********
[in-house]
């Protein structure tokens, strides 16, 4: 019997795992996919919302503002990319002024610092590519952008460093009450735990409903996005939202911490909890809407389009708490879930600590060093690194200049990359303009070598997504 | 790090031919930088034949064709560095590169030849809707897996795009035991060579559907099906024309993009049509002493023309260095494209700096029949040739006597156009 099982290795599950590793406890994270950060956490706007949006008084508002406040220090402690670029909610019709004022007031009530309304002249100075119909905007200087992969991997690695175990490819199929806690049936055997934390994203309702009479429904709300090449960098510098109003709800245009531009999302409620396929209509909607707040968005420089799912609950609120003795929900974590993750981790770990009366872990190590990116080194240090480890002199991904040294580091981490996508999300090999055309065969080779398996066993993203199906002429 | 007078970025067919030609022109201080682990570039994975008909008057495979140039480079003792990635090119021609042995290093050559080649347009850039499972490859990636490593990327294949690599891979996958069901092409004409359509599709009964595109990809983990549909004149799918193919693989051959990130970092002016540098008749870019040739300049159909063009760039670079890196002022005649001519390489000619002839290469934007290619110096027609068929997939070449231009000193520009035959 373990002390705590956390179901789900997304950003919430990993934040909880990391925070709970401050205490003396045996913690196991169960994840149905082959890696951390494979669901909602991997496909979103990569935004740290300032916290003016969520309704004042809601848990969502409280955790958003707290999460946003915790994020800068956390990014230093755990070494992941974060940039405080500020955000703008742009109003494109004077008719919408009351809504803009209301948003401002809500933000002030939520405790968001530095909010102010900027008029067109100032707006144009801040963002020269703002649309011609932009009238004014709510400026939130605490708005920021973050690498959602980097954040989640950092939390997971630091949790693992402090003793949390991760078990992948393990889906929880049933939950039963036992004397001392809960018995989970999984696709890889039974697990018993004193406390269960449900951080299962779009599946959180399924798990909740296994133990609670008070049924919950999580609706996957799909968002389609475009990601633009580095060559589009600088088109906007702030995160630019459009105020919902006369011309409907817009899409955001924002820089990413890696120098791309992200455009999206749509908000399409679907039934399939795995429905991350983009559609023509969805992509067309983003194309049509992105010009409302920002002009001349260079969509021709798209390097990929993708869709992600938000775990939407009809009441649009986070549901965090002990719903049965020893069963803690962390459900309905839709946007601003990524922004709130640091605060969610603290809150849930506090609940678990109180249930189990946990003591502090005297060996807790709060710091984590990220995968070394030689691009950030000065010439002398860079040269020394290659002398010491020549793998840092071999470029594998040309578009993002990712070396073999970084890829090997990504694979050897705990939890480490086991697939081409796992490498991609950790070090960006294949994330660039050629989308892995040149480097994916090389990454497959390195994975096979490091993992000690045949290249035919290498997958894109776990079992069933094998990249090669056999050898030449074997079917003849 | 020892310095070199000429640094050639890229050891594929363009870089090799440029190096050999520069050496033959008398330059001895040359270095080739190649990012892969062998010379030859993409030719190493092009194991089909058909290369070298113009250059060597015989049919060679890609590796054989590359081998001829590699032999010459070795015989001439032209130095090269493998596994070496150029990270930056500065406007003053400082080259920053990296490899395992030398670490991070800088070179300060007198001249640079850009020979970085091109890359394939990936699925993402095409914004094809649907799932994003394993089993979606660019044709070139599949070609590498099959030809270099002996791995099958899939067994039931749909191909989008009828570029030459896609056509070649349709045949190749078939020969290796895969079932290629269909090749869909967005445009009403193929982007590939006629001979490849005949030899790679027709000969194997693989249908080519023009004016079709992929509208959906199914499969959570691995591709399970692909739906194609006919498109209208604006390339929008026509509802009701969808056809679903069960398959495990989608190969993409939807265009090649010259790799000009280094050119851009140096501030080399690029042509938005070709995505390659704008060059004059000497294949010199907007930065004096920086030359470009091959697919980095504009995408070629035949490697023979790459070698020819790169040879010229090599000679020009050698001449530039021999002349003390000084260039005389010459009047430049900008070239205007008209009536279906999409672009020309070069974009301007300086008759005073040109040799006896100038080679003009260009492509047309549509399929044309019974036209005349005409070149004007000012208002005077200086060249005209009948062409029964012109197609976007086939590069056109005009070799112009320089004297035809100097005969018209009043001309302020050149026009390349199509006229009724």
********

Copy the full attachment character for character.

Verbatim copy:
[in-house]
């Protein structure tokens, strides 16, 4: 019997795992996919919302503002990319002024610092590519952008460093009450735990409903996005939202911490909890809407389009708490879930600590060093690194200049990359303009070598997504 | 790090031919930088034949064709560095590169030849809707897996795009035991060579559907099906024309993009049509002493023309260095494209700096029949040739006597156009 099982290795599950590793406890994270950060956490706007949006008084508002406040220090402690670029909610019709004022007031009530309304002249100075119909905007200087992969991997690695175990490819199929806690049936055997934390994203309702009479429904709300090449960098510098109003709800245009531009999302409620396929209509909607707040968005420089799912609950609120003795929900974590993750981790770990009366872990190590990116080194240090480890002199991904040294580091981490996508999300090999055309065969080779398996066993993203199906002429 | 007078970025067919030609022109201080682990570039994975008909008057495979140039480079003792990635090119021609042995290093050559080649347009850039499972490859990636490593990327294949690599891979996958069901092409004409359509599709009964595109990809983990549909004149799918193919693989051959990130970092002016540098008749870019040739300049159909063009760039670079890196002022005649001519390489000619002839290469934007290619110096027609068929997939070449231009000193520009035959 373990002390705590956390179901789900997304950003919430990993934040909880990391925070709970401050205490003396045996913690196991169960994840149905082959890696951390494979669901909602991997496909979103990569935004740290300032916290003016969520309704004042809601848990969502409280955790958003707290999460946003915790994020800068956390990014230093755990070494992941974060940039405080500020955000703008742009109003494109004077008719919408009351809504803009209301948003401002809500933000002030939520405790968001530095909010102010900027008029067109100032707006144009801040963002020269703002649309011609932009009238004014709510400026939130605490708005920021973050690498959602980097954040989640950092939390997971630091949790693992402090003793949390991760078990992948393990889906929880049933939950039963036992004397001392809960018995989970999984696709890889039974697990018993004193406390269960449900951080299962779009599946959180399924798990909740296994133990609670008070049924919950999580609706996957799909968002389609475009990601633009580095060559589009600088088109906007702030995160630019459009105020919902006369011309409907817009899409955001924002820089990413890696120098791309992200455009999206749509908000399409679907039934399939795995429905991350983009559609023509969805992509067309983003194309049509992105010009409302920002002009001349260079969509021709798209390097990929993708869709992600938000775990939407009809009441649009986070549901965090002990719903049965020893069963803690962390459900309905839709946007601003990524922004709130640091605060969610603290809150849930506090609940678990109180249930189990946990003591502090005297060996807790709060710091984590990220995968070394030689691009950030000065010439002398860079040269020394290659002398010491020549793998840092071999470029594998040309578009993002990712070396073999970084890829090997990504694979050897705990939890480490086991697939081409796992490498991609950790070090960006294949994330660039050629989308892995040149480097994916090389990454497959390195994975096979490091993992000690045949290249035919290498997958894109776990079992069933094998990249090669056999050898030449074997079917003849 | 020892310095070199000429640094050639890229050891594929363009870089090799440029190096050999520069050496033959008398330059001895040359270095080739190649990012892969062998010379030859993409030719190493092009194991089909058909290369070298113009250059060597015989049919060679890609590796054989590359081998001829590699032999010459070795015989001439032209130095090269493998596994070496150029990270930056500065406007003053400082080259920053990296490899395992030398670490991070800088070179300060007198001249640079850009020979970085091109890359394939990936699925993402095409914004094809649907799932994003394993089993979606660019044709070139599949070609590498099959030809270099002996791995099958899939067994039931749909191909989008009828570029030459896609056509070649349709045949190749078939020969290796895969079932290629269909090749869909967005445009009403193929982007590939006629001979490849005949030899790679027709000969194997693989249908080519023009004016079709992929509208959906199914499969959570691995591709399970692909739906194609006919498109209208604006390339929008026509509802009701969808056809679903069960398959495990989608190969993409939807265009090649010259790799000009280094050119851009140096501030080399690029042509938005070709995505390659704008060059004059000497294949010199907007930065004096920086030359470009091959697919980095504009995408070629035949490697023979790459070698020819790169040879010229090599000679020009050698001449530039021999002349003390000084260039005389010459009047430049900008070239205007008209009536279906999409672009020309070069974009301007300086008759005073040109040799006896100038080679003009260009492509047309549509399929044309019974036209005349005409070149004007000012208002005077200086060249005209009948062409029964012109197609976007086939590069056109005009070799112009320089004297035809100097005969018209009043001309302020050149026009390349199509006229009724």